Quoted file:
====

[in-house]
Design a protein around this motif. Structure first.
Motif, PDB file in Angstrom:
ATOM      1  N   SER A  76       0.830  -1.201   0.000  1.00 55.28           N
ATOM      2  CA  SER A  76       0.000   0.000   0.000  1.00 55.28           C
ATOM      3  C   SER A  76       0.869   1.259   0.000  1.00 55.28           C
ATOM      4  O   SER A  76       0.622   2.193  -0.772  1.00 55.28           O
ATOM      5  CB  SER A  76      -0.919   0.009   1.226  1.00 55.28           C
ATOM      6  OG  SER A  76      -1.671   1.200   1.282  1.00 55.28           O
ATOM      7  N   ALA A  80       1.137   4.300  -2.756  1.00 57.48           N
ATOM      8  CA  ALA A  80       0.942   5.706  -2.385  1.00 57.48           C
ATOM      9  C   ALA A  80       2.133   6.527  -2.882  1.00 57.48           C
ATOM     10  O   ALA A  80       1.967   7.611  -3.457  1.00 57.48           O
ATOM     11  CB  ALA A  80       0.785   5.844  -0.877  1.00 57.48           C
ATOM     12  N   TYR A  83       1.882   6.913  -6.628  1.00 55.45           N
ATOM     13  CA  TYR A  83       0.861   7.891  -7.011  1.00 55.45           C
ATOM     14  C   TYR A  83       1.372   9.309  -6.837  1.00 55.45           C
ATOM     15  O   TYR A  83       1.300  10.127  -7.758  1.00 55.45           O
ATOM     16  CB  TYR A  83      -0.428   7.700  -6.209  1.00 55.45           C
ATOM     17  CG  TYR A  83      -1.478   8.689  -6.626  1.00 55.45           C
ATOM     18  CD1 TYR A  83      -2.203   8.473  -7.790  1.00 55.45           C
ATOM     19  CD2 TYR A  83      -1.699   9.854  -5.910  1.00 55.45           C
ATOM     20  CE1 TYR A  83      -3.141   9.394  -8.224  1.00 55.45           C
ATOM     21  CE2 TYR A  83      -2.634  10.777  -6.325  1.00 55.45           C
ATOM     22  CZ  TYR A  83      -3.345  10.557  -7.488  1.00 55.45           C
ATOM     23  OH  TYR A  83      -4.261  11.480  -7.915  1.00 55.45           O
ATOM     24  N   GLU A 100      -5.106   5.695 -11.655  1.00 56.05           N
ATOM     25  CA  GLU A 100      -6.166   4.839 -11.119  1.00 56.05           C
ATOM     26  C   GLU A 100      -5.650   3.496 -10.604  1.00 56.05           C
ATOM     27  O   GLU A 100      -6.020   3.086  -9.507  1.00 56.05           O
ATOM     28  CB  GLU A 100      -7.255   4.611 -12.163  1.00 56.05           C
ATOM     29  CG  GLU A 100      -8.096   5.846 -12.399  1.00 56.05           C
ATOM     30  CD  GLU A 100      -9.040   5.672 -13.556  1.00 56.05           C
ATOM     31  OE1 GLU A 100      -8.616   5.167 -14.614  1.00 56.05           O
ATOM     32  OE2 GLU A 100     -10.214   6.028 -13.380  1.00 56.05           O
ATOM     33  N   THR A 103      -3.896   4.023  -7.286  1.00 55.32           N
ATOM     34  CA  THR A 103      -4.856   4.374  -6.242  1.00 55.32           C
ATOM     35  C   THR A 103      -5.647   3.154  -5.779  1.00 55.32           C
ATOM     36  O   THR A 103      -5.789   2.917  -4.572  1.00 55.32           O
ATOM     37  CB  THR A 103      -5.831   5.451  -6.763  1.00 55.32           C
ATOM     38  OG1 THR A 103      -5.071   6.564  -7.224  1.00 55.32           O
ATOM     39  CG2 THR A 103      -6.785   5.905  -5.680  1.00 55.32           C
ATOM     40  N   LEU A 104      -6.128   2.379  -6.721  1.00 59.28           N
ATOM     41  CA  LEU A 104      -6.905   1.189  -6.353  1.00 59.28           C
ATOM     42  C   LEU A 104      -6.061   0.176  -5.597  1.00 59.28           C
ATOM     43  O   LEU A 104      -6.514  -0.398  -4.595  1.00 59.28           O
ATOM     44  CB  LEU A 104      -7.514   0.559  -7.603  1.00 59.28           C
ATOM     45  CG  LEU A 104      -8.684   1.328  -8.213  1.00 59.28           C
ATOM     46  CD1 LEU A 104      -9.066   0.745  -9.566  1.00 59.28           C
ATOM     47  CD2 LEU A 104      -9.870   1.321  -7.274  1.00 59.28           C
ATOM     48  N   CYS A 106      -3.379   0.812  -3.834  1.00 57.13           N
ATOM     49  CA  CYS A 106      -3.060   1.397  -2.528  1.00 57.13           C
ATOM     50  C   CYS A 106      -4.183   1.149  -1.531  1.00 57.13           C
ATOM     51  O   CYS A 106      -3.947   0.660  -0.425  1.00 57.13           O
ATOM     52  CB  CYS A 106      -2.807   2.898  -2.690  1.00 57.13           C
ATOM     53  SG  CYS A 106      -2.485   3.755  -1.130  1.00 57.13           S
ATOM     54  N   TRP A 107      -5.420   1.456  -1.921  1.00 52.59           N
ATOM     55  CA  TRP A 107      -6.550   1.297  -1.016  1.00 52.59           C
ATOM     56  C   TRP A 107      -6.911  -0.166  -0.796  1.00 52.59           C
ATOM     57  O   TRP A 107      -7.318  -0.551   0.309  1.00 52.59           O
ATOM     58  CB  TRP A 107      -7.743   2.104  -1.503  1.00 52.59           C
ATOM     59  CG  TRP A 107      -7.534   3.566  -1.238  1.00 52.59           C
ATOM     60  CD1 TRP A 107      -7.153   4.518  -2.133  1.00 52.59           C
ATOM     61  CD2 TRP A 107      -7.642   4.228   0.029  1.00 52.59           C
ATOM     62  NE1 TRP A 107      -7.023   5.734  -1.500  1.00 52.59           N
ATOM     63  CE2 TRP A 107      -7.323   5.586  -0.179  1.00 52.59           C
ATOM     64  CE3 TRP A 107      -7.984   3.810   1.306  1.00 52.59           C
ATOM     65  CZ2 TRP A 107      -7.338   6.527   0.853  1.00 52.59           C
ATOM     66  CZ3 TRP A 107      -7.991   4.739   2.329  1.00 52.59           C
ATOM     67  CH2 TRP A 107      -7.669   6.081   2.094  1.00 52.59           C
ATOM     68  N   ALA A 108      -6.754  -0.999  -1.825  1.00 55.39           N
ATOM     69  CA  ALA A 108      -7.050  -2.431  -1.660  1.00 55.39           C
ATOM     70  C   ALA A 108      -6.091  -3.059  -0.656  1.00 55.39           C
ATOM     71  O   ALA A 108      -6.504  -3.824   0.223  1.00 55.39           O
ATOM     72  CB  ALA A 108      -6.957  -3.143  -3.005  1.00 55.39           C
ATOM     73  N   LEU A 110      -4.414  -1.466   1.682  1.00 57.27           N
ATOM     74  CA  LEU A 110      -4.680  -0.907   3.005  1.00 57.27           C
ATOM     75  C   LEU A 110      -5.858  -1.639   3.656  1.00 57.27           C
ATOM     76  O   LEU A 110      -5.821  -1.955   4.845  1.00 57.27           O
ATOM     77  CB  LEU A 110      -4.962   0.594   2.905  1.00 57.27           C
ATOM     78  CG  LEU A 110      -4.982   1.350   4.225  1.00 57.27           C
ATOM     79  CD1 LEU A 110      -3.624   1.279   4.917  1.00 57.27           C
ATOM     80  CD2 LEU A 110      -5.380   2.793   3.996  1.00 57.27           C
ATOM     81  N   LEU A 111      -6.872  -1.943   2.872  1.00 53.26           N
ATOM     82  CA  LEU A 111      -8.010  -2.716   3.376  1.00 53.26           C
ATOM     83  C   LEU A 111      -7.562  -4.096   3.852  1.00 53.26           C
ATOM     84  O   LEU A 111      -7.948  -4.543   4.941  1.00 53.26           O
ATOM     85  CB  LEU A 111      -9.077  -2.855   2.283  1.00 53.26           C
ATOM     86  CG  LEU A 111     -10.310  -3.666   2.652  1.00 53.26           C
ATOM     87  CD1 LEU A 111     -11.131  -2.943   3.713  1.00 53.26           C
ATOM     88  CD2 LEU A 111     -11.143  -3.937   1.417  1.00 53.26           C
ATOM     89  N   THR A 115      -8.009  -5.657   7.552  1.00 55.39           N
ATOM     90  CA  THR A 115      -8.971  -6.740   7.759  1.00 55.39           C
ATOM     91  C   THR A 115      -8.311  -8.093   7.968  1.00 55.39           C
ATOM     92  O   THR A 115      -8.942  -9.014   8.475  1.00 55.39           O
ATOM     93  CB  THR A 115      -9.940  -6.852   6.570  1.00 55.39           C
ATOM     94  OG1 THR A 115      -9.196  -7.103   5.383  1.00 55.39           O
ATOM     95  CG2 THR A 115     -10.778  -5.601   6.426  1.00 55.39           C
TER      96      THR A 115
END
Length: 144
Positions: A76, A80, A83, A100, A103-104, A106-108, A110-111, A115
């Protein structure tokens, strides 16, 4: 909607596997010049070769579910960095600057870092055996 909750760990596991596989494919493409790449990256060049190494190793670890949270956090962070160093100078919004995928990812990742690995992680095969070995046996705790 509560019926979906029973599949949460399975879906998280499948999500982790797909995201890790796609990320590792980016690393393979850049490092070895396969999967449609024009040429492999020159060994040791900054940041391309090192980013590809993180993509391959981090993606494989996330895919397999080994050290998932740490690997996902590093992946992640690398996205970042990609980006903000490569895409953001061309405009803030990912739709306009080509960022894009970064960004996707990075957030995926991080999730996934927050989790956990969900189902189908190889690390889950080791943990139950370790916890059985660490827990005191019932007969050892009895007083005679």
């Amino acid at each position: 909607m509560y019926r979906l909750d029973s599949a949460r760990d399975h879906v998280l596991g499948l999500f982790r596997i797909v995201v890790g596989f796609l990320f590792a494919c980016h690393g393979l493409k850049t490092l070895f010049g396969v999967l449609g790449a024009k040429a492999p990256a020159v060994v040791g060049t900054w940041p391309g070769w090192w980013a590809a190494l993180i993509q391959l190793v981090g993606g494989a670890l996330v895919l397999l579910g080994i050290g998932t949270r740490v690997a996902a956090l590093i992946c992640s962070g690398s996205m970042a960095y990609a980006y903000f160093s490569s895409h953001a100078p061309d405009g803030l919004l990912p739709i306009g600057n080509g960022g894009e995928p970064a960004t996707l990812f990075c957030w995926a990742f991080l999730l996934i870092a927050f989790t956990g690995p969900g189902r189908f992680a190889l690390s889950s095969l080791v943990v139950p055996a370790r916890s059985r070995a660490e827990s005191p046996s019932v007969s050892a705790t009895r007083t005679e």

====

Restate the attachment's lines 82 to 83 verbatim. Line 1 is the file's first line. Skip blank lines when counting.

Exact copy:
ATOM     79  CD1 LEU A 110      -3.624   1.279   4.917  1.00 57.27           C
ATOM     80  CD2 LEU A 110      -5.380   2.793   3.996  1.00 57.27           C